The Government has undertaken several steps to make import liberalization and industrial deregulations more effective including announcing its strategy of reducing effective protection over the medium term, continuing its efforts to lower and simplify tariffs, publishing a clear tariff schedule, developing an action plan for legal reforms and a blue pint for deregulation, and putting an action plan for implementing its exports development strategy. These efforts have improved the investment environment in Bangladesh.
Bangladesh is one of the promising economies with a large domestic market, availability of labour with competitive price, low utility charges, two seaports and a potential deep seaport facility, long-term tax holiday, 100% repatriation facility, and easy access to largest regional market like India and China.
Investment Friendly Facilities and Incentives:
Tax exemption on royalties, technical knowhow and technical assistance fees and facilities for their repatriation, tax exemption on interests on foreign loans, tax exemptions on capital gains from transfer of shares by the investing company, remittances of up to 50% of salaries of the foreigners employed in Bangladesh and facilities for repatriation of their savings and retirement benefits at the time of their return, no restrictions on issuance of work permits to project related foreign nationals and employees, facilities for repatriation of invested capital, profits and dividends, provision of transfer of shares held by foreign shareholders to local investors, reinvestment of remit table dividends would be treated as new investment, and foreign owned companies duly registered in Bangladesh will be on the same footing as locally owned ones etc. facilities are available for foreign investors.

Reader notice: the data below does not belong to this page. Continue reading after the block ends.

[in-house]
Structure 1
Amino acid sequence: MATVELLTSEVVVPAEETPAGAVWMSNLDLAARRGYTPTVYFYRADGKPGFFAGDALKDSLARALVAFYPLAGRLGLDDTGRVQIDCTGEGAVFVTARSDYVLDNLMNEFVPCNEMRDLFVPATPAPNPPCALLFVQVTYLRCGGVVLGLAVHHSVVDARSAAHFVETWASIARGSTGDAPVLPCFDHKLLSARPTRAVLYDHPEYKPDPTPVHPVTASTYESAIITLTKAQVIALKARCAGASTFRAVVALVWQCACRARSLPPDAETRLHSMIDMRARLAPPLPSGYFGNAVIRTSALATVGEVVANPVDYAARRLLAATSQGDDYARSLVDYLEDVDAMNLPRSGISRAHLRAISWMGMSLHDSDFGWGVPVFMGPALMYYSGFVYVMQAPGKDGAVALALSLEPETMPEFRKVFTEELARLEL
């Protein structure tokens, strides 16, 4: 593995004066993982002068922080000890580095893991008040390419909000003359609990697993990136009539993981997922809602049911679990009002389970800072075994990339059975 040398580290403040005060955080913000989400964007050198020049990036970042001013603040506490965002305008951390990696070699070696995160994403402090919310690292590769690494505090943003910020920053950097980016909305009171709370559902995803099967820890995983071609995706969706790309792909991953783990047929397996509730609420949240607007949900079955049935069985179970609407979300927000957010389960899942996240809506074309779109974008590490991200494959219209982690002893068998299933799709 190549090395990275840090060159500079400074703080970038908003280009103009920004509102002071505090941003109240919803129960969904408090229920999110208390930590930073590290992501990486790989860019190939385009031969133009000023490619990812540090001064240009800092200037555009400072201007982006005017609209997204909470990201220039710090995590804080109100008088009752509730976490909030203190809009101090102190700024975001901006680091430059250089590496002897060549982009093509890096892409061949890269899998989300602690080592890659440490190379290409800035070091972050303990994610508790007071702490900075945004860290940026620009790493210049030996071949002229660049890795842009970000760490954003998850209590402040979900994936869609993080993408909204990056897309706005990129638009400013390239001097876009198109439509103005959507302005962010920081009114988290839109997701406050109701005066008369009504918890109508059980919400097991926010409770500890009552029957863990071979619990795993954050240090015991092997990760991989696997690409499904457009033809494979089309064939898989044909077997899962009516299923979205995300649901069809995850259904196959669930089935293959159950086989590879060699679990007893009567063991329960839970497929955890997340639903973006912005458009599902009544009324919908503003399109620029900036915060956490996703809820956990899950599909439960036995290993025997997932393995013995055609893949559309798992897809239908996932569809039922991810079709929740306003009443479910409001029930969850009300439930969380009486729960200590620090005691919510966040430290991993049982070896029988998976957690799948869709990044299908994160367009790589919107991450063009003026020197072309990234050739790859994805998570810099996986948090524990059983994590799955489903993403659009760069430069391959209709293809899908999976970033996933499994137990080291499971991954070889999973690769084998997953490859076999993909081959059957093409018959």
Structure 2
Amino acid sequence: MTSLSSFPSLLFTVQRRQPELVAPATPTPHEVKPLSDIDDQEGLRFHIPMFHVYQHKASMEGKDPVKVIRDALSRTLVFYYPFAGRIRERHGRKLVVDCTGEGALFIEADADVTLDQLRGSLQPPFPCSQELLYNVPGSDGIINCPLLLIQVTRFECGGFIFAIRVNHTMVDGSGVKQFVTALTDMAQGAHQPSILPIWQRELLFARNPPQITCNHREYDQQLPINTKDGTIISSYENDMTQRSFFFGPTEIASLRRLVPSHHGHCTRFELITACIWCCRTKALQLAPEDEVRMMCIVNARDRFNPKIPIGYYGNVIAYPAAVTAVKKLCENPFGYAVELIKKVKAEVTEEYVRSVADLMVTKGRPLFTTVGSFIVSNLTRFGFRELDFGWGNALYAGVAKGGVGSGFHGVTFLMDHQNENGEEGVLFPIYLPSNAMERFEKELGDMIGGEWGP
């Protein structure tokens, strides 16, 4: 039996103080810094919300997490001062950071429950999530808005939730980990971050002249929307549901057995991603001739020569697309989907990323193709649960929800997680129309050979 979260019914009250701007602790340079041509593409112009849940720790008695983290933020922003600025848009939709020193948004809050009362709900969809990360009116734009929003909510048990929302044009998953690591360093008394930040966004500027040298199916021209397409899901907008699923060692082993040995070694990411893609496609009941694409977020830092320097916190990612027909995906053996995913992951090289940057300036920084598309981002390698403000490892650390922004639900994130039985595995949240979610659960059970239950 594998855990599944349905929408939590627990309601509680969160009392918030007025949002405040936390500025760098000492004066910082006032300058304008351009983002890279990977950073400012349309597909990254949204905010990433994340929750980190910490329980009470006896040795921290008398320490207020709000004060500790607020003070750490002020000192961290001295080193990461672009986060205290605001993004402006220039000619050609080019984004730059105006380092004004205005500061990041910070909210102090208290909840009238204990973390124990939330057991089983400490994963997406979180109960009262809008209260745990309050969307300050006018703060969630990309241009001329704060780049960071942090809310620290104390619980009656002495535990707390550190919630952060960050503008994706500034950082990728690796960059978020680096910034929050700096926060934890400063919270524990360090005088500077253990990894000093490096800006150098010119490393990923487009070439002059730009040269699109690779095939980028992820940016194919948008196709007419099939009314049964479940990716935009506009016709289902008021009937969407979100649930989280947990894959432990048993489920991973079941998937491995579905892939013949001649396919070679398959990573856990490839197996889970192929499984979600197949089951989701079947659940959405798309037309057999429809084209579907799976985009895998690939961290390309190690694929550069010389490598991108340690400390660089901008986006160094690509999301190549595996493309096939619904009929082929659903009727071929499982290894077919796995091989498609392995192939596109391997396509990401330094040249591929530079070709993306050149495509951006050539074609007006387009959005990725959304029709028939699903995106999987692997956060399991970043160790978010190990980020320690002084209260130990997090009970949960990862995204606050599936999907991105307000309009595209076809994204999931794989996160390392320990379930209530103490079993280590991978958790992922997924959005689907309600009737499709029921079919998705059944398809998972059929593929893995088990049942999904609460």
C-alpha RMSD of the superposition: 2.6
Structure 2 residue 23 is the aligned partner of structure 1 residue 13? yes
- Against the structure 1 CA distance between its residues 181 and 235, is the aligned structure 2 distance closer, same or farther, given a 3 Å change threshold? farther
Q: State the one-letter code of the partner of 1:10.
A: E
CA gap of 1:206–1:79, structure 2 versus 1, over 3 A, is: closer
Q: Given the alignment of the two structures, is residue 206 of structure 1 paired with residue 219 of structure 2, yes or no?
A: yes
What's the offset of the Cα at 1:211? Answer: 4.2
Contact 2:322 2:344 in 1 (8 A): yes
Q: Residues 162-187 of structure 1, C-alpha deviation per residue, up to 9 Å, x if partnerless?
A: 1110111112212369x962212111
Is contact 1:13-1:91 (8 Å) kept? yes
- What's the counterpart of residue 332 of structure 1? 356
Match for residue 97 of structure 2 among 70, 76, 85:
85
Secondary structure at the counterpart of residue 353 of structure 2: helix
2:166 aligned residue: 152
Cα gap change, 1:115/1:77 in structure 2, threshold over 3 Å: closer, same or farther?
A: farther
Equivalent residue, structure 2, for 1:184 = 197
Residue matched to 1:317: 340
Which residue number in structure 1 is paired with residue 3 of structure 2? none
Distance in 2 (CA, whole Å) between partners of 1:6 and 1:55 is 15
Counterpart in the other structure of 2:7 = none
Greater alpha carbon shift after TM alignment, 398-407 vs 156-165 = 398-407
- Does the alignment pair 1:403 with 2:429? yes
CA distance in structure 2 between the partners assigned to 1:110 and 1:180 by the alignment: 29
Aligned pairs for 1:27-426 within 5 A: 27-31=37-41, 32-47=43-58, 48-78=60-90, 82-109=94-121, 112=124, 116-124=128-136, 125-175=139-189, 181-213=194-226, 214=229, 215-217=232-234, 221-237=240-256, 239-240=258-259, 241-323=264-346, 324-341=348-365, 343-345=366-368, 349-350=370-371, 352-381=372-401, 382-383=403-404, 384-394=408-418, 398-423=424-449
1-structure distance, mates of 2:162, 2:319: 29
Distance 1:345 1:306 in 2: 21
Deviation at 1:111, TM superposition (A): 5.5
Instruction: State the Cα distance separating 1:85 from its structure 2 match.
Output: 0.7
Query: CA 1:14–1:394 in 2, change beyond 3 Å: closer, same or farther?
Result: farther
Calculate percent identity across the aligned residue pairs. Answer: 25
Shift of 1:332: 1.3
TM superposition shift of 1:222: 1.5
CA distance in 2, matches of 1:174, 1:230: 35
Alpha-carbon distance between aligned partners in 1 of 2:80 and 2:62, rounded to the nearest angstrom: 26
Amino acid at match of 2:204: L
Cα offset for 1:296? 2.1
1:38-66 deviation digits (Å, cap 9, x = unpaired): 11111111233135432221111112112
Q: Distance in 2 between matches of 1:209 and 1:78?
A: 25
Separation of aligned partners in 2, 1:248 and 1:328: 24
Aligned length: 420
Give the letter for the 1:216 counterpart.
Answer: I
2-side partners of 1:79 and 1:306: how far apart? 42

Besides the above facilities Bangladesh is offering corporate tax holiday of 5 to 7 years for selected sectors, reduced tariff on import of raw materials capital machinery, bonded warehousing, accelerated depreciation on cost of machinery is admissible for new industrial undertaking (50% in the first year of commercial production, 30% in the second year, and 20% in the third year), tax exemption on capital gains from the transfer of shares of public limited companies listed with a stock exchange, reduced corporate tax for 5 to 7 years in lieu of tax holding and agricultural deprecation, Cash incentives and export subsidies ranging from 5% to 20% granted on the FOB value of the selected products, At best 90% loans against letters of credit (by banks), and permission for domestic market sales of up to 20% of export-oriented companies outside EPZ (relevant duties apply) etc. fiscal benefits to the local or foreign entrepreneurs.
Additionally Bangladesh is offering 100% foreign equity allowed, unrestricted exit policy, remittance of royalty, technical know-how and technical assistance fees, full repatriation facilities of dividends and capital at exit, and an investor can wind up investment either through a decision of the AGM or EGM, he or she can repatriate the sales proceeds after securing proper authorisation from the Central Bank etc. benefits to a foreign investor.